There are two puzzles in the level that enable the player to move forward. One is fairly simple, although the mechanism for its solution doesn’t make a lick of sense (but by now, if you’ve played through Episodes 1 to this map, you’ll probably be expecting that). The other is a fairly intricate combination lock that requires a cipher, and to bypass this one you’ll have to collect clues from two settlements…one of which being a sacked Nali village that has its own brainteaser…and to top it off you’ll have to figure it out under pressure, since a garrison of ambushing Skaarj Gunners will constantly fall out of hammerspace in effort to stop you. I can see this puzzle making most players stare at there screen with that vapid expression of a person that has just walked in on their grandparents doing the nasty dance. But in all honestly, if you’ve ever been confronted with a cryptogram before, or if you’ve had a hand at playing countless puzzle-heavy games over the years (including those blasted escape-from-the-room flash games) you may not have too much trouble with the actual solution itself. What’s awkward about it is that, even with the cipher, and even with the diagram provided to use it…the real stumper is the manual combination locks themselves, which consist of two dials in four rooms. You are supposed to use the hints provided to ascertain four digits. However, what is not mentioned is that you have to use one dial to run the declassified digit, and the other to run the order. Furthermore, you are not told which side gets what info. This seems to be a recurring style of Zora’s that might polarize players, since typically speaking, a reasonable puzzle needs to provide enough know how without explaining the whole system, but fair enough that the player is never put in a position where the solution is impossible to figure out without consulting a walkthrough. But I think there’s enough room here for experimentation that a clever player will fill in the blanks themselves if they’ve seen enough of these sort of conundrums before. And I have. The hardest part of this puzzle was, for me, dealing with the doors to each room. You see, as you’re running from chamber to chamber, thumbing away at each lock or consulting the diagram, that stream of Gunners I was talking about will run amok. For all Zora’s talents, proper door use is not among them. I am reminded of those cone booths in Skaarj Roulette. Many of the doors in Citadel work on a swing hinge, and they have auto close times whilst being configured in such a way that approaching them from the inside risks a player bump, thus slamming them shut again. This reminds me of some blatantly ill-conceived instances in Zephon, where badly tuned door mechanics were often a matter of life or death. It isn’t so bad in Zora’s map thanks to the affordable inventory. But still, imagine there’s a door between you and a pissed off Skaarj Gunner. You start to load your Eightball and get ready to drop a payload of bouncing death on your opponent…and as you release the trigger the door inexplicably closes, ricocheting the explosives back towards you. That’ll ruin anyone’s day, even with two layers of shields. This problem creeps up again with the many Nali huts visitable in the level, only then the danger factor is not the same.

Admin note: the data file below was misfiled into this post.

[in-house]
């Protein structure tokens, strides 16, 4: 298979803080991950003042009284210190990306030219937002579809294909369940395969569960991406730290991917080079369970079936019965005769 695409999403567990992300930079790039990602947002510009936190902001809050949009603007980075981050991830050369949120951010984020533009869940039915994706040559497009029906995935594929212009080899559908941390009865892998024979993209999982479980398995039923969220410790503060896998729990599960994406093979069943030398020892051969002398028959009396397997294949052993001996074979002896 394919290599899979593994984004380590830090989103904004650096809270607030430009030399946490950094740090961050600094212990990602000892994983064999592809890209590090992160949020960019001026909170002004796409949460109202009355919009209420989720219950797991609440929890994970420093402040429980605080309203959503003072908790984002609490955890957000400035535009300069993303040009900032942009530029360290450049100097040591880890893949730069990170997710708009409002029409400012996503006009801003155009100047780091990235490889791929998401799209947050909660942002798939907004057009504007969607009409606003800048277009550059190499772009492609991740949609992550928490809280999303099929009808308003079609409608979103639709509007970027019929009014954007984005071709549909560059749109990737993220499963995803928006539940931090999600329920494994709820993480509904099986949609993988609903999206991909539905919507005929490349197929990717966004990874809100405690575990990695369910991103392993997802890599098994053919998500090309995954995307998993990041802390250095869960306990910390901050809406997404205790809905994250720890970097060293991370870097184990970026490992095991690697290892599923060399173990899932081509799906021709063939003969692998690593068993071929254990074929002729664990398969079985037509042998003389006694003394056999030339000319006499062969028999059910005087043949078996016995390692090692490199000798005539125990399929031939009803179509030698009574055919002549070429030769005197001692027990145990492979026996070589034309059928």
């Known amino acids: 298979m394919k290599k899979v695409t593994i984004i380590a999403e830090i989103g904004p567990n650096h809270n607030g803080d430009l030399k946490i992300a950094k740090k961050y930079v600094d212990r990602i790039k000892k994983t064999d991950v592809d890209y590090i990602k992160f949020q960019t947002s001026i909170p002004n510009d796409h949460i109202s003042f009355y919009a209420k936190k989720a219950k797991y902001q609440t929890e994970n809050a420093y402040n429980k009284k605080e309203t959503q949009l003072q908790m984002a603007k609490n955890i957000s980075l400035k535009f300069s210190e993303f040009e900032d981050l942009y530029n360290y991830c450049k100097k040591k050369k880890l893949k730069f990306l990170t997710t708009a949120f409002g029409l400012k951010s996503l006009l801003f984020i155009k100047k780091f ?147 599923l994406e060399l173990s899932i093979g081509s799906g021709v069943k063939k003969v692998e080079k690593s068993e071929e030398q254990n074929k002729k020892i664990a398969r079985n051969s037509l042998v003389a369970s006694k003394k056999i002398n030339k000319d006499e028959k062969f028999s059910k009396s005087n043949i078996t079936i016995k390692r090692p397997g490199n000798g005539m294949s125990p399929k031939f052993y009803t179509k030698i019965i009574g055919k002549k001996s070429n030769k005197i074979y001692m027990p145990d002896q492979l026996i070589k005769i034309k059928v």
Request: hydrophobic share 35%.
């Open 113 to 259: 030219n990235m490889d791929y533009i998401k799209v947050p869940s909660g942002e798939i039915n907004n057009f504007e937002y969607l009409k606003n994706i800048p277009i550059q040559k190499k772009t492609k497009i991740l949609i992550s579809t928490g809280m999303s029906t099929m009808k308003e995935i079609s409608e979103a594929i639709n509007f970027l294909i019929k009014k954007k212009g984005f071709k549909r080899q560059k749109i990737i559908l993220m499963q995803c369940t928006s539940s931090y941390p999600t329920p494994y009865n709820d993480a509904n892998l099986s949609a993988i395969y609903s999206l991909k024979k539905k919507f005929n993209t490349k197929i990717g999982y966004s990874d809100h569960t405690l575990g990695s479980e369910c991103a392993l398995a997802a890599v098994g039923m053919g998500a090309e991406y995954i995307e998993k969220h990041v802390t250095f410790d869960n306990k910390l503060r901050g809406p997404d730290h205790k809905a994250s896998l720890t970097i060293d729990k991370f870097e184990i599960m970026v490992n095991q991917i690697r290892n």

I’ll leave the Citadel map by saying it’s really the main attraction of Episode 2, with the first map and the last (which I’ll cover next) being rather brief in comparison. Besides all I mentioned, there are boat rides to enjoy, a finale with a blimp that you better be quick on your feet to catch, and numerous inventory caches to uncover using multiple uses of Jump Boots. There is also a catapult that can be used to jet yourself across the map, although it’s a shortcut and not a mandatory attraction. The way it’s supposed to work is that you wind it up and cut the “rope” with gunfire to send you flying. In my experience it takes a certain kind of finesse to use right, and I actually gibbed myself once for standing off center. So be careful.
The last level is Release of Heaven, and while there’s more to it then The Adventure Pool it’s still a relatively brief map. After tethering your blimp beside a floating structure in the sky, you embark on a demolition mission…or at least, that’s your only foreseeable purpose there, since the entire map seems to be strategically built for self-destruction, with numerous corridors networking around computer terminals that are set to compromise a large crystal powered generator on the roof. This is another brilliant example of why the Skaarj Trooper is, above and beyond, Unreal’s most dangerous enemy class. Zora has already made prolific use of these guys in the previous Episode, and I’ve already mentioned the Gunner onslaught in Citadel. Here, it seems that you’re faced with the challenge (since every Zora map has a central one) of dealing with all the Skaarj Troopers in the universe. Most notably, a respawning horde of Stinger-wielding Infantry facilitate Episode 2’s final combat sequence. Prior to that, you’ll have to deal with an enclave of other Skaarj guards that include just about every variety of Trooper there is, including bruisers carrying Flak Cannons (there exists no greater combat challenge for even seasoned Unreal players than an uncertain confrontation with a Flak Trooper). The finale is the most engaging scenario thus far in the Zora levels, and can be particularly frantic due to the labyrinthine system of hallways between console rooms and the rate at which the Skaarj Infantry spawn in groups (they also are configured very well to aggressively chase you through rooms, and if they spot you on a balcony a whole group will make their way to an elevator elsewhere in the map and ambush you on your floor).